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Freedom of Speech and Expression
India v America - A study

"Give me the liberty to know, to utter, and to argue freely according to conscience, above all liberties". John Milton

The essence of free speech is the ability to think and speak freely and to obtain information from others through publications and public discourse without fear of retribution, restriction, or repression by the government. It is through free speech, people could come together to achieve political influence, to strengthen their morality, and to help others to become moral and enlightened citizens writes Dheerajendra Patanjali.


The freedom of speech is regarded as the first condition of liberty. It occupies a preferred and important position in the hierarchy of the liberty, it is truly said about the freedom of speech that it is the mother of all other liberties. Freedom of Speech and expression means the right to express one's own convictions and opinions freely by words of mouth, writing, printing, pictures or any other mode. In modern time it is widely accepted that the right to freedom of speech is the essence of free society and it must be safeguarded at all time. The first principle of a free society is an untrammeled flow of words in an open forum. Liberty to express opinions and ideas without hindrance, and especially without fear of punishment plays significant role in the development of that particular society and ultimately for that state. It is one of the most important fundamental liberties guaranteed against state suppression or regulation.

Freedom of speech is guaranteed not only by the constitution or statutes of various states but also by various international conventions like Universal Declaration of Human Rights , European convention on Human Rights and fundamental freedoms, International Covenant on Civil and Political Rights etc. These declarations expressly talk about protection of freedom of speech and expression.

Why to protect freedom of speech?

Freedom of speech offers human being to express his feelings to other, but this is not the only reason; purpose to protect the freedom of speech. There could be more reasons to protect these essential liberties. There are four important justifications for freedom of speech –

1) For the discovery of truth by open discussion - According to it, if restrictions on speech are tolerated, society prevents the ascertainment and publication of accurate facts and valuable opinion. That is to say, it assists in the discovery of truth.

2) Free speech as an aspect of self- fulfillment and development – freedom of speech is an integral aspect of each individual’s right to self-development and self-fulfillment. Restriction on what we are allowed to say and write or to hear and read will hamper our personality and its growth. It helps an individual to attain self-fulfillment.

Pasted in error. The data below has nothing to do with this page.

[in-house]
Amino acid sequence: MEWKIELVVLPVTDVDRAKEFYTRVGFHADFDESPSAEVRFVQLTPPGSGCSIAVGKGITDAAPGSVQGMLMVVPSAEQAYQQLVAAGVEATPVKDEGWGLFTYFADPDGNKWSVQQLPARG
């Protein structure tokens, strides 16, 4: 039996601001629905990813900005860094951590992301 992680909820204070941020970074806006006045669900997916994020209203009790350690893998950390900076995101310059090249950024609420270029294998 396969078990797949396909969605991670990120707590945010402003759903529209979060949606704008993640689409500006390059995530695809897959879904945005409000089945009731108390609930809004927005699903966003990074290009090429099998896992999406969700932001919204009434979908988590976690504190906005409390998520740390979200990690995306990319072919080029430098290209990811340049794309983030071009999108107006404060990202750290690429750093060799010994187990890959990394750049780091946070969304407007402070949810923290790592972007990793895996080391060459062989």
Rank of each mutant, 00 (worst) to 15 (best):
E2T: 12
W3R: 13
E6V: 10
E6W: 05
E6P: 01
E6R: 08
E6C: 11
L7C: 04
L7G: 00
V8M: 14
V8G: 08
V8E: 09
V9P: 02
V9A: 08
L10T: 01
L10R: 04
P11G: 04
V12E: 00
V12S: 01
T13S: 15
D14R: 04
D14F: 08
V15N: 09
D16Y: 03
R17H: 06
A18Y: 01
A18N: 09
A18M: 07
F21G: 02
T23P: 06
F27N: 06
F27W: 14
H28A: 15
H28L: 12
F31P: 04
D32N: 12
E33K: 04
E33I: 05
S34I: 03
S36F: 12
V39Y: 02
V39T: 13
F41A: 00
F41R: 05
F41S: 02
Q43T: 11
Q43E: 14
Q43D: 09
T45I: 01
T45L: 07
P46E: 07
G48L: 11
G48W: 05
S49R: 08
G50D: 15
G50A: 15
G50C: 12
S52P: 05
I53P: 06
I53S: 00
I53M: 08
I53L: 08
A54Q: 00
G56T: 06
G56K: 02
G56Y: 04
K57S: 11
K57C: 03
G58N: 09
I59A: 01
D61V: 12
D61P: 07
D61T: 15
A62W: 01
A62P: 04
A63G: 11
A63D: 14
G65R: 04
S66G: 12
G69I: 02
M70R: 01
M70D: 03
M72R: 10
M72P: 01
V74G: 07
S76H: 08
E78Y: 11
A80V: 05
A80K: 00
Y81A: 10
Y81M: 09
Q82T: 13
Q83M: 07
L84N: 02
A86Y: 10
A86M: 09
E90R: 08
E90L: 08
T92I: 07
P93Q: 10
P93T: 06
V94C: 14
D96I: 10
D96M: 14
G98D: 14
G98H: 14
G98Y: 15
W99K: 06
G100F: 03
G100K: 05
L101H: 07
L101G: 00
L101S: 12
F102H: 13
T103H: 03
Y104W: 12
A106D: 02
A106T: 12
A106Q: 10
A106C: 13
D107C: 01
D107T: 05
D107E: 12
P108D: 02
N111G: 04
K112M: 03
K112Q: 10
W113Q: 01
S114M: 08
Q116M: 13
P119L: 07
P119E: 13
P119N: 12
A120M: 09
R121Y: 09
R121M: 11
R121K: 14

3) For expressing belief and political attitudes - freedom of speech provides opportunity to express one’s belief and show political attitudes. It ultimately results in the welfare of the society and state. Thus, freedom of speech provides a mechanism by which it would be possible to establish a reasonable balance between stability and social change.

4) For active participation in democracy – democracy is most important feature of today’s world. Freedom of speech is there to protect the right of all citizens to understand political issues so that they can participate in smooth working of democracy. That is to say, freedom of speech strengthens the capacity of an individual in participating in decision-making.

Thus we find that protection of freedom of speech is very much essential. Protection of freedom of speech is important for the discovery of truth by open discussion, for self- fulfillment and development, for expressing belief and political attitudes, and for active participation in democracy. The present study is intended to present the provisions of the American and Indian Constitution which recognize the freedom of speech and expression, the basic fundamental rights of human being. It is also to be examined that what is judicial trend in interpreting the freedom of speech and expression provisions. The study also covers the comparison between the approaches of both countries as far as freedom of speech is concerned.

Freedom of Speech in America

America is leader country as far as protection of freedom of speech and expression is concerned. It provides very wide interpretation of freedom of speech to its citizen. Freedom of speech, of the press, of association, of assembly and petition -- this set of guarantees, protected by the First Amendment, comprises what we refer to as freedom of expression. However, initially there was no provision for protecting freedom of speech in American Constitution, but very soon realizing the importance of freedom of speech it amended its constitution and pave way for protection of speech and expression. The first amendment of the American constitution specially provides that -